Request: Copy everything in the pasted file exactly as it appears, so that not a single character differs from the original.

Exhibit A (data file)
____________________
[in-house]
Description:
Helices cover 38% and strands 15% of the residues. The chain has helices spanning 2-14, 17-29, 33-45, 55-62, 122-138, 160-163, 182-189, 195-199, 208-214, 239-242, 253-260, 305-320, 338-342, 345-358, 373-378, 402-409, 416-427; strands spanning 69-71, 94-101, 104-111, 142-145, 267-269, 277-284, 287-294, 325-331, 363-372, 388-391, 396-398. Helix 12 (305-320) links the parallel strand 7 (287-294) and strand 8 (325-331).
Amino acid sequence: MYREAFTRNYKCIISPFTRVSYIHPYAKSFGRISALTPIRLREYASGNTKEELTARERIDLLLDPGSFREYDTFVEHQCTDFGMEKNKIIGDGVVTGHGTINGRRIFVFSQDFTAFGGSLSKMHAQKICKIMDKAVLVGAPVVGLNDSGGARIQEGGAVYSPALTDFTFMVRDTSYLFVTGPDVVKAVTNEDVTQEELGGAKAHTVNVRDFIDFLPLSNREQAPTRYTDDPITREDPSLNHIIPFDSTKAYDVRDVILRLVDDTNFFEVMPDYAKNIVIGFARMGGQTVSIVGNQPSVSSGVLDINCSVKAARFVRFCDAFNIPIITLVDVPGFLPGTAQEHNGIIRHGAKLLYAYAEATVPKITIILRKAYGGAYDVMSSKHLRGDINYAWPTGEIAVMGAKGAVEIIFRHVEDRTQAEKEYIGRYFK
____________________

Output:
[in-house]
Description:
Helices cover 38% and strands 15% of the residues. The chain has helices spanning 2-14, 17-29, 33-45, 55-62, 122-138, 160-163, 182-189, 195-199, 208-214, 239-242, 253-260, 305-320, 338-342, 345-358, 373-378, 402-409, 416-427; strands spanning 69-71, 94-101, 104-111, 142-145, 267-269, 277-284, 287-294, 325-331, 363-372, 388-391, 396-398. Helix 12 (305-320) links the parallel strand 7 (287-294) and strand 8 (325-331).
Amino acid sequence: MYREAFTRNYKCIISPFTRVSYIHPYAKSFGRISALTPIRLREYASGNTKEELTARERIDLLLDPGSFREYDTFVEHQCTDFGMEKNKIIGDGVVTGHGTINGRRIFVFSQDFTAFGGSLSKMHAQKICKIMDKAVLVGAPVVGLNDSGGARIQEGGAVYSPALTDFTFMVRDTSYLFVTGPDVVKAVTNEDVTQEELGGAKAHTVNVRDFIDFLPLSNREQAPTRYTDDPITREDPSLNHIIPFDSTKAYDVRDVILRLVDDTNFFEVMPDYAKNIVIGFARMGGQTVSIVGNQPSVSSGVLDINCSVKAARFVRFCDAFNIPIITLVDVPGFLPGTAQEHNGIIRHGAKLLYAYAEATVPKITIILRKAYGGAYDVMSSKHLRGDINYAWPTGEIAVMGAKGAVEIIFRHVEDRTQAEKEYIGRYFK